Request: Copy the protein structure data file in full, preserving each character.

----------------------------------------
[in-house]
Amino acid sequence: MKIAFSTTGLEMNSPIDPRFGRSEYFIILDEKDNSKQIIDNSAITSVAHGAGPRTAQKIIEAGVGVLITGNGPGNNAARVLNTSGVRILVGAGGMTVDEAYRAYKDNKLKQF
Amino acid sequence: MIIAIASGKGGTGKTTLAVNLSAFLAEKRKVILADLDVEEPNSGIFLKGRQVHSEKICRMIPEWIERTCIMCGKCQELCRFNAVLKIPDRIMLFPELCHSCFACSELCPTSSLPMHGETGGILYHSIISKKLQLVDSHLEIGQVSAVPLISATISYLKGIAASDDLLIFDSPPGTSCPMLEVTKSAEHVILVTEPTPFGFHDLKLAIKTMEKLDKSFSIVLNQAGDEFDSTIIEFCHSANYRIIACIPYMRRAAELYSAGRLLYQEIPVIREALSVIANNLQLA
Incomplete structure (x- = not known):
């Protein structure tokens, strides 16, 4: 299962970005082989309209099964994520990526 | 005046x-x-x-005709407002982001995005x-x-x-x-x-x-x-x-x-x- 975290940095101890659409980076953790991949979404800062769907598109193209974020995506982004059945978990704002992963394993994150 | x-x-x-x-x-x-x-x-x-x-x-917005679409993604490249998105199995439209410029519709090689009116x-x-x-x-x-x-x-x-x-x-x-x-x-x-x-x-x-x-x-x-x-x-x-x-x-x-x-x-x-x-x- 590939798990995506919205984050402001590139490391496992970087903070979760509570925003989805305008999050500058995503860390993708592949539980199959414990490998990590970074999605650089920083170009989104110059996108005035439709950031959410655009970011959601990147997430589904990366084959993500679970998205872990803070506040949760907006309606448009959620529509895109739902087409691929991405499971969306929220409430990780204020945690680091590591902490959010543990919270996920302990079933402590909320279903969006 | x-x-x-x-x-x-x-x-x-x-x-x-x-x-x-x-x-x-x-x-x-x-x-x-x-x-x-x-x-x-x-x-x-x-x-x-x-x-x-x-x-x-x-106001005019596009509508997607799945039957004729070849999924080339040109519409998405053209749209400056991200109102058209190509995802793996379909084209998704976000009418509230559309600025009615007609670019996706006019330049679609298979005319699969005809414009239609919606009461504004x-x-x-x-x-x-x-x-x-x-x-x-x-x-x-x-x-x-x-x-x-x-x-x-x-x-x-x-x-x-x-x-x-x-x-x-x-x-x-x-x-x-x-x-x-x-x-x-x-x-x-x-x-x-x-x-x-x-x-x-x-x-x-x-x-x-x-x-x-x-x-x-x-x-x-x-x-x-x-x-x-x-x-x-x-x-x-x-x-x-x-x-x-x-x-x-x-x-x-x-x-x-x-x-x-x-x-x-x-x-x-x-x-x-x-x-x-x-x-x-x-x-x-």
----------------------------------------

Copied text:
[in-house]
Amino acid sequence: MKIAFSTTGLEMNSPIDPRFGRSEYFIILDEKDNSKQIIDNSAITSVAHGAGPRTAQKIIEAGVGVLITGNGPGNNAARVLNTSGVRILVGAGGMTVDEAYRAYKDNKLKQF
Amino acid sequence: MIIAIASGKGGTGKTTLAVNLSAFLAEKRKVILADLDVEEPNSGIFLKGRQVHSEKICRMIPEWIERTCIMCGKCQELCRFNAVLKIPDRIMLFPELCHSCFACSELCPTSSLPMHGETGGILYHSIISKKLQLVDSHLEIGQVSAVPLISATISYLKGIAASDDLLIFDSPPGTSCPMLEVTKSAEHVILVTEPTPFGFHDLKLAIKTMEKLDKSFSIVLNQAGDEFDSTIIEFCHSANYRIIACIPYMRRAAELYSAGRLLYQEIPVIREALSVIANNLQLA
Incomplete structure (x- = not known):
């Protein structure tokens, strides 16, 4: 299962970005082989309209099964994520990526 | 005046x-x-x-005709407002982001995005x-x-x-x-x-x-x-x-x-x- 975290940095101890659409980076953790991949979404800062769907598109193209974020995506982004059945978990704002992963394993994150 | x-x-x-x-x-x-x-x-x-x-x-917005679409993604490249998105199995439209410029519709090689009116x-x-x-x-x-x-x-x-x-x-x-x-x-x-x-x-x-x-x-x-x-x-x-x-x-x-x-x-x-x-x- 590939798990995506919205984050402001590139490391496992970087903070979760509570925003989805305008999050500058995503860390993708592949539980199959414990490998990590970074999605650089920083170009989104110059996108005035439709950031959410655009970011959601990147997430589904990366084959993500679970998205872990803070506040949760907006309606448009959620529509895109739902087409691929991405499971969306929220409430990780204020945690680091590591902490959010543990919270996920302990079933402590909320279903969006 | x-x-x-x-x-x-x-x-x-x-x-x-x-x-x-x-x-x-x-x-x-x-x-x-x-x-x-x-x-x-x-x-x-x-x-x-x-x-x-x-x-x-x-106001005019596009509508997607799945039957004729070849999924080339040109519409998405053209749209400056991200109102058209190509995802793996379909084209998704976000009418509230559309600025009615007609670019996706006019330049679609298979005319699969005809414009239609919606009461504004x-x-x-x-x-x-x-x-x-x-x-x-x-x-x-x-x-x-x-x-x-x-x-x-x-x-x-x-x-x-x-x-x-x-x-x-x-x-x-x-x-x-x-x-x-x-x-x-x-x-x-x-x-x-x-x-x-x-x-x-x-x-x-x-x-x-x-x-x-x-x-x-x-x-x-x-x-x-x-x-x-x-x-x-x-x-x-x-x-x-x-x-x-x-x-x-x-x-x-x-x-x-x-x-x-x-x-x-x-x-x-x-x-x-x-x-x-x-x-x-x-x-x-």